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ACWR’s New Voices Community Arts Residency
June 15 - December 31

The ACWR is happy to announce the New Voices Community Arts Residency! 

Holding two artists in the second semester of 2022, the residency allows time to conduct research and to connect with the local community to develop a project that responds directly to the specificity of Walkerville and the adjacent neighbourhoods, Wyandotte Town Centre and Ford City.

Each artist in residence will be given space at ACWR, access to internet and printing facilities, as well as the possibility to make use of the New Voices billboard.

The goal of the residency is to combine the unique potential of community-oriented art practices for uncovering local narratives and igniting conversations, with the advantageous location of ACWR and the high visibility of the New Voices billboard.

 

First Artist in Residence: Hiba Abdallah

Hiba Abdallah is a text-based artist who frequently works with others. Her practice explores the structural legacies and futures of cities by researching the intersections of hospitality, agitation, and disagreement as productive frameworks for re-imagining public agency. She has created work across media—from public interventions to community projects, gallery exhibitions, and publications.

Her recent exhibitions and public projects include 100 years then and hereafter at the Visual Arts Centre of Clarington, Everything I Wanted to Tell You for Nuit Blanche Scarborough, Rehearsing Disagreement for MOCA Toronto and A List of Antagonisms for the CAFKA Biennial in Kitchener, ON. She currently lives and works in Tkaronto/Toronto as an uninvited guest on the traditional land of the Anishinaabe, the Wendat, the Seneca, and most recently, the Mississauga’s of the Credit River.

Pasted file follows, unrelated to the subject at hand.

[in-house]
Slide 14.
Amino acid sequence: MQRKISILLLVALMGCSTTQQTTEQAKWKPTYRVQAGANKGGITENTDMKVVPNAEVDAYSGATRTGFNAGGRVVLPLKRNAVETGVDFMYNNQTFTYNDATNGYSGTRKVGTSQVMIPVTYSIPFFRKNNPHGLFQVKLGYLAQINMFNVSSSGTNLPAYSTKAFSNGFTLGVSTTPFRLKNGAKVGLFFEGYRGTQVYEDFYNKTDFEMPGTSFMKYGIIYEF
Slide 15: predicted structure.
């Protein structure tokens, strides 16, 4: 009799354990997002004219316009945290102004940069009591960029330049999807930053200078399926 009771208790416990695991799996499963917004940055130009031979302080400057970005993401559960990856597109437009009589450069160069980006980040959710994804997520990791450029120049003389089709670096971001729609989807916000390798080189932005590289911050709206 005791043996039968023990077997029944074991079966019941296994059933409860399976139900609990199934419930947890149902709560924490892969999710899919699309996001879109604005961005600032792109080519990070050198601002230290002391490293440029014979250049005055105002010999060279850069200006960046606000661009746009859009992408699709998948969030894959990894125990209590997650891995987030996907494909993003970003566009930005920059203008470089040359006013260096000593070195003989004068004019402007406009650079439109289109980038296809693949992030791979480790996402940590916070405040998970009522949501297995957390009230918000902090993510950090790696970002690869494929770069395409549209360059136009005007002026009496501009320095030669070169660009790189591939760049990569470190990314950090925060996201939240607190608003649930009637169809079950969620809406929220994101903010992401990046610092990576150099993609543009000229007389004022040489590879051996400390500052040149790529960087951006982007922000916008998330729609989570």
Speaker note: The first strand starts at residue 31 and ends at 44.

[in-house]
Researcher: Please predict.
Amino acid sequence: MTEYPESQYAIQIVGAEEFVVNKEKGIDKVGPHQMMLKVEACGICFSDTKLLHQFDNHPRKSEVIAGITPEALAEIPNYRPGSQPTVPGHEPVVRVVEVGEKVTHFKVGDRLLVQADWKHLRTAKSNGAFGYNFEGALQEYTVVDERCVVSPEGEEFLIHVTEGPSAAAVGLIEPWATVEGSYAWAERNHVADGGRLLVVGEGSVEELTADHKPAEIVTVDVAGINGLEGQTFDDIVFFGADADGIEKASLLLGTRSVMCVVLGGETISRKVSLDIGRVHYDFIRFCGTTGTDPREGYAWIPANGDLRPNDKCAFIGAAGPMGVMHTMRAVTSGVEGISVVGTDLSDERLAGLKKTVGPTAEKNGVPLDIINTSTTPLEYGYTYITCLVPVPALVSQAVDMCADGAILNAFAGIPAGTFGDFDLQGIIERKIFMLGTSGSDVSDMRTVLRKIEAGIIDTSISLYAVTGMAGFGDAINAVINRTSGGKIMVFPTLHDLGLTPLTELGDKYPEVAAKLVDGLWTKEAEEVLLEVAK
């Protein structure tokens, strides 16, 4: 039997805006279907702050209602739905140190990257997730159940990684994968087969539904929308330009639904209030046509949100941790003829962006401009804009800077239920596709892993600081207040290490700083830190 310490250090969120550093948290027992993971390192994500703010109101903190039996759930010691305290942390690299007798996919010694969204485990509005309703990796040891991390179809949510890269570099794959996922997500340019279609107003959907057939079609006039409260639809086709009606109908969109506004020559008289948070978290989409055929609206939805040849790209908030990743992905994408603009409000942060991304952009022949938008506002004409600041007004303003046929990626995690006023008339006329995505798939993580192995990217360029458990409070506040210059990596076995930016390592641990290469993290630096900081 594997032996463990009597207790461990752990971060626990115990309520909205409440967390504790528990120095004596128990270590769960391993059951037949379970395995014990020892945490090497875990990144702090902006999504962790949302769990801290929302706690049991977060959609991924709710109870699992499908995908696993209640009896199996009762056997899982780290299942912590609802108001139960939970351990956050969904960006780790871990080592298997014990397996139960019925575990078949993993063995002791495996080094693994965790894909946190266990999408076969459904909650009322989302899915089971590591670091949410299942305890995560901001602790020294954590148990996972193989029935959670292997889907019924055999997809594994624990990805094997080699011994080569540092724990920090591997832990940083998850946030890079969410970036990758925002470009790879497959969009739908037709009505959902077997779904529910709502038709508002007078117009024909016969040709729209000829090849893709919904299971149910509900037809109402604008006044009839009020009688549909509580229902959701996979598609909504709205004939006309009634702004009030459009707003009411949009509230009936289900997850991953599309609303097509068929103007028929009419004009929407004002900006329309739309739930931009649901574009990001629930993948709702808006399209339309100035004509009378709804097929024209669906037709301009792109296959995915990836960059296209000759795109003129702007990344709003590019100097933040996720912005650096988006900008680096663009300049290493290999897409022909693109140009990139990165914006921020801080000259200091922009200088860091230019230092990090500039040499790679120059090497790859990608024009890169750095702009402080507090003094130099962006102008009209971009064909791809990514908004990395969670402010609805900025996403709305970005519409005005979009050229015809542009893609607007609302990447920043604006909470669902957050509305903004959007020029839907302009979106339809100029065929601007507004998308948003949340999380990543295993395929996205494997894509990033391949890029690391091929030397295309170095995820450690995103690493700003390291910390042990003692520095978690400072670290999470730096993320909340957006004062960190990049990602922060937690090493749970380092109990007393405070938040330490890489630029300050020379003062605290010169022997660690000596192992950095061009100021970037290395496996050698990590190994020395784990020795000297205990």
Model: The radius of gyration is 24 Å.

Program Coordinator: Ostoro Petahtegoose 

Ostoro Petahtegoose is a biracial Nishinaabe of Atikameksheng Anishnawbek with European descent, born and raised as a guest in the traditional territories of the Three Fires Confederacy of First Nations, comprised of the Anishinaabe; the Odawa; and the Potawatomie, and of the Huron/Wendat people, also known as one of it’s many place names in one language, Waawiiye’adinong (the place where the river bends – Windsor, Ontario.)

Ostoro is a 2spirit, queer, trans, nonbinary writer, Goldsmith, artist and writer who goes by “they/them” pronouns. Ostoro is attending the University of Windsor to finish their English and Creative Writing and Visual Arts BA and was the BIPOC Artist in Residence at Artcite in August of 2020. In June 2021 Ostoro has been given a grant through the Arts Culture and Heritage Fund to work on a research project on the Indigenous history of Windsor/Essex county to use in an anthology of short ghost stories. In Ostoro’s personal and professional life they continue to reach for meaningful ways to connect back to their Indigenous community through the work of building relations while learning their cultural language Nishnaabemwin, all while being obsessed with themes of hauntings, ghosts and land.


June 15 - December 31

ON Canada